Essay: Kid Can Paint That Media and Perception

Pages: 3 (942 words)  ·  Style: MLA  ·  Bibliography Sources: 2  ·  Level: College Senior  ·  Topic: Communication - Journalism  ·  Buy This Paper

¶ … Kid Can Paint That

Media and Perception: The Question of Authenticity in Bar-Lev's

My Kid Could Paint That

The role of the mass media in the creation of public perception is a matter of near constant controversy, and has been ever since the concept of mass media first came to be a part of civilization. The printing press was actually objected to by many specifically because it would allow for the dissemination of views that they did not approve of, with the belief (correctly held) that such dissemination would necessarily produce more like-minded thinkers. The technologies of the twentieth and twenty-first centuries have made mass media much more present in the daily workings of our lives, with the television, radio, and internet all providing access to the font of the world's information and events. What these outlets choose to tell us -- and not tell us -- can have a huge impact not only on what we know about the world we inhabit, but also on how we think about it and interact with it. Such issues are rarely as clear-cut as they might seem either, and the question of responsibility in journalism has never been more pressing.

One excellent case that represents the difficulties (though not the necessities, to any hugely practical degree) of navigating a compelling story through the narrow channels of journalistic integrity is the story of possible child-prodigy painter Marla as told in Amir Bar-Lev's documentary film My Kid Could Paint That. Though ostensibly about the controversy surrounding this little girl's painting abilities, or the authenticity of her works, the film is perhaps more easily read as a commentary on the effects of media. It is the various incarnations of the media that shape the real story of My Kid Could Paint That, and their irresponsibility is also the only reason that Marla and her paintings ever became any sort of story in the first place.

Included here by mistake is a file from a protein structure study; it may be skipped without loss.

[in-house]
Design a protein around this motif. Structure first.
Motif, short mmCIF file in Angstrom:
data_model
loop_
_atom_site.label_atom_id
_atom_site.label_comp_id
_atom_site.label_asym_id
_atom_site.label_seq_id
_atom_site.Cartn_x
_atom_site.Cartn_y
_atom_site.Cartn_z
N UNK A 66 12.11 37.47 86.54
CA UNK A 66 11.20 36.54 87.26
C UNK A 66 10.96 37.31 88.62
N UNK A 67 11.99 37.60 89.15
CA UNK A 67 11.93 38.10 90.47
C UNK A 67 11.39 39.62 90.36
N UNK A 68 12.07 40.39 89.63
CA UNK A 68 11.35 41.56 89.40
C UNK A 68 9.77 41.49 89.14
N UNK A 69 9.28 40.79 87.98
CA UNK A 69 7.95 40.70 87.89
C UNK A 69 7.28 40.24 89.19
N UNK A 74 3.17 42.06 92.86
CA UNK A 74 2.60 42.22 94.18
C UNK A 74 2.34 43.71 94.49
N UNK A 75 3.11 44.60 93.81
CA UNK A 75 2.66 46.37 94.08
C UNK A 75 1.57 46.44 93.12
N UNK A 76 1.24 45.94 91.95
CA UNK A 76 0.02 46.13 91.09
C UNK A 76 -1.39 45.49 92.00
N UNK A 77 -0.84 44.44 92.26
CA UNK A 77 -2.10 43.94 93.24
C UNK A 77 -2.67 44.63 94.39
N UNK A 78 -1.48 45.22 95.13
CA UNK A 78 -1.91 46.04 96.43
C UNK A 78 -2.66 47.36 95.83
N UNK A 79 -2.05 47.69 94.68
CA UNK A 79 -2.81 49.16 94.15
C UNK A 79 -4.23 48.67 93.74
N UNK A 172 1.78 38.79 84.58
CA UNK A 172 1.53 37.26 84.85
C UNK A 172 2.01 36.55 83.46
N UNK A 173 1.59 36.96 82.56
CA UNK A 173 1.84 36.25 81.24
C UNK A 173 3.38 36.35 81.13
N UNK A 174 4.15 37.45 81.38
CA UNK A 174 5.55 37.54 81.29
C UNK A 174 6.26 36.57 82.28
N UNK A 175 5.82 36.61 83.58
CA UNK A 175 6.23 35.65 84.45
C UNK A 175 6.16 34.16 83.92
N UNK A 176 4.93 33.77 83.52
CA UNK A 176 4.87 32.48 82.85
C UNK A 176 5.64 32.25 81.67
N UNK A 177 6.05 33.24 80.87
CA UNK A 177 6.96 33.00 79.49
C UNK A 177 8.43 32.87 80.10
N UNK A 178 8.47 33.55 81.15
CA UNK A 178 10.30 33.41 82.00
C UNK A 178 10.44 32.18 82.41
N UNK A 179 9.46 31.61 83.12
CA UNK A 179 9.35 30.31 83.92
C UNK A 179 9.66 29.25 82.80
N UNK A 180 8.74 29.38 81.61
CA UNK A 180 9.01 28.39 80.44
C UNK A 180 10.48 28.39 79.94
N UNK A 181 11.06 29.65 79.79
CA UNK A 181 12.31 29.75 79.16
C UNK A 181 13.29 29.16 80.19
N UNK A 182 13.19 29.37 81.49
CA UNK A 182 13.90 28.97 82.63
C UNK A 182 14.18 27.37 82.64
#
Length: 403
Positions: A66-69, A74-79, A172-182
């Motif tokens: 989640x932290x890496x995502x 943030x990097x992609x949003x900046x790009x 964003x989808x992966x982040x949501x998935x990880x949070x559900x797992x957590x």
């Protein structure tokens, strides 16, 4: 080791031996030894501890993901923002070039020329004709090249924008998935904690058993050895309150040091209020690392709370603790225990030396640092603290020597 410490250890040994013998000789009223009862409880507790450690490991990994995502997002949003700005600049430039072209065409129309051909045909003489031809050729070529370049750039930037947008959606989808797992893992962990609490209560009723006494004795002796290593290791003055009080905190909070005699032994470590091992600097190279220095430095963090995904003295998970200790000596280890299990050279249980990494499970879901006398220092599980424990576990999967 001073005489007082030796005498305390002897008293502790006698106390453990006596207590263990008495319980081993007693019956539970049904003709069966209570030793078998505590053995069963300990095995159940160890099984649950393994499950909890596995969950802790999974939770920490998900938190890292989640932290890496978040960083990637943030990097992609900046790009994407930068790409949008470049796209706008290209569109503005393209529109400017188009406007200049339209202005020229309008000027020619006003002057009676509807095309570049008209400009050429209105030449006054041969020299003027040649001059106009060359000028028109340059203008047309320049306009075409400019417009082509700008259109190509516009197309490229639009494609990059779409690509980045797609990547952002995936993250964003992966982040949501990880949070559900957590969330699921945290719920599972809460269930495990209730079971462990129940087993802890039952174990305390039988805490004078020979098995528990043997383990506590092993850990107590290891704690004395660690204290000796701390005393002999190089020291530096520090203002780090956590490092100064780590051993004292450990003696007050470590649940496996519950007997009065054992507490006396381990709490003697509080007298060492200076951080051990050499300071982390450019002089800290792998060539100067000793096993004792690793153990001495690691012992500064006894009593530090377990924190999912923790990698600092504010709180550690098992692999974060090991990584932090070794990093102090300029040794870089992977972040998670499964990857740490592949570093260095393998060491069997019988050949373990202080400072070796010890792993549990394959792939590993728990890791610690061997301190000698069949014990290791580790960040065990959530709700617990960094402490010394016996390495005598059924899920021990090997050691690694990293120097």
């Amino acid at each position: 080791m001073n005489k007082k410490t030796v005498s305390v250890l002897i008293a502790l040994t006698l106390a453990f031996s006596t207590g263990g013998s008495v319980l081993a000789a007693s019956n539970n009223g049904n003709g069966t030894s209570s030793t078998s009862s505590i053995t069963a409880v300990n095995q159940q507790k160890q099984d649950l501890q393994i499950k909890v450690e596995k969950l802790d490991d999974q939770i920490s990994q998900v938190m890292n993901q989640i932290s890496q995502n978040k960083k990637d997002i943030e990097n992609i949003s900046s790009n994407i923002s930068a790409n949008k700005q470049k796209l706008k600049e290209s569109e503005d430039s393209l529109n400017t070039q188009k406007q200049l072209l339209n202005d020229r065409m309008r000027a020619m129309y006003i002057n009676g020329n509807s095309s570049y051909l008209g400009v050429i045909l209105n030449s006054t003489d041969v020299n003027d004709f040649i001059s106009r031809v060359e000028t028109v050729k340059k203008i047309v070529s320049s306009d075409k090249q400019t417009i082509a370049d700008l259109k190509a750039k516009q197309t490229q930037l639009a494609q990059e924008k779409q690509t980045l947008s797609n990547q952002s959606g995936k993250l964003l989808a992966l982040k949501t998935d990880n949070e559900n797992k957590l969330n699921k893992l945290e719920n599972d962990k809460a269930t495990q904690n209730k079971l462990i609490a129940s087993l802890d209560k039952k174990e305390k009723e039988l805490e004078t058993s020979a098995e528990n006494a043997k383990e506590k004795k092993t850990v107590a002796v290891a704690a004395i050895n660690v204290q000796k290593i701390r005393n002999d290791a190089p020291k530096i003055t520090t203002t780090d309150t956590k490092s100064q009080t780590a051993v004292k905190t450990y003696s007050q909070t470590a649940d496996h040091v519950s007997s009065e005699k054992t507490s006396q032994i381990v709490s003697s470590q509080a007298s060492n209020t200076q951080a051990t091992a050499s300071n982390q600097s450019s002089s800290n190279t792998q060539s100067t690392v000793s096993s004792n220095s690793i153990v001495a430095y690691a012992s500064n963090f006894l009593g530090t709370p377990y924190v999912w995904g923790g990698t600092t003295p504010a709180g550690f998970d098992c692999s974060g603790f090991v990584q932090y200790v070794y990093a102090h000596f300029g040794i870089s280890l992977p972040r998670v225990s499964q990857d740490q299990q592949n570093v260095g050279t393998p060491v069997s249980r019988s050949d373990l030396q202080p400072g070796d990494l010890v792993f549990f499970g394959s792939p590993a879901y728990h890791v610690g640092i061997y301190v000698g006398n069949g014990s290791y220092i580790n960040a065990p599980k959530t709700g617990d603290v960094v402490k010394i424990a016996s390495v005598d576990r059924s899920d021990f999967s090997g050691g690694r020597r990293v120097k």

The first media figure to have exert influence over Marla's life and story was Elizabeth Cohen. Cohen was only writing a local human-interest piece and had no way to predict the size that the story would become, or the scandal that would ensue. Still, this shows the importance of responsibly checking the facts of every story, no matter how much of a fluff piece it might at first seem. Had Cohen not written her article, it is possible -- likely, even, unless Marla's parent were even more ambitious concerning their daughter than is currently thought -- that Marla's painting would never have gathered any real attention. Cohen needed to do a little digging and ascertain from the outset whether or not Marla was actually painting the works attributed to her, and the level of coaching and prompting she received if she was indeed the artist. Her failure to take… [END OF PREVIEW]

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APA Format

Kid Can Paint That Media and Perception.  (2009, May 5).  Retrieved October 24, 2019, from

MLA Format

"Kid Can Paint That Media and Perception."  5 May 2009.  Web.  24 October 2019. <>.

Chicago Format

"Kid Can Paint That Media and Perception."  May 5, 2009.  Accessed October 24, 2019.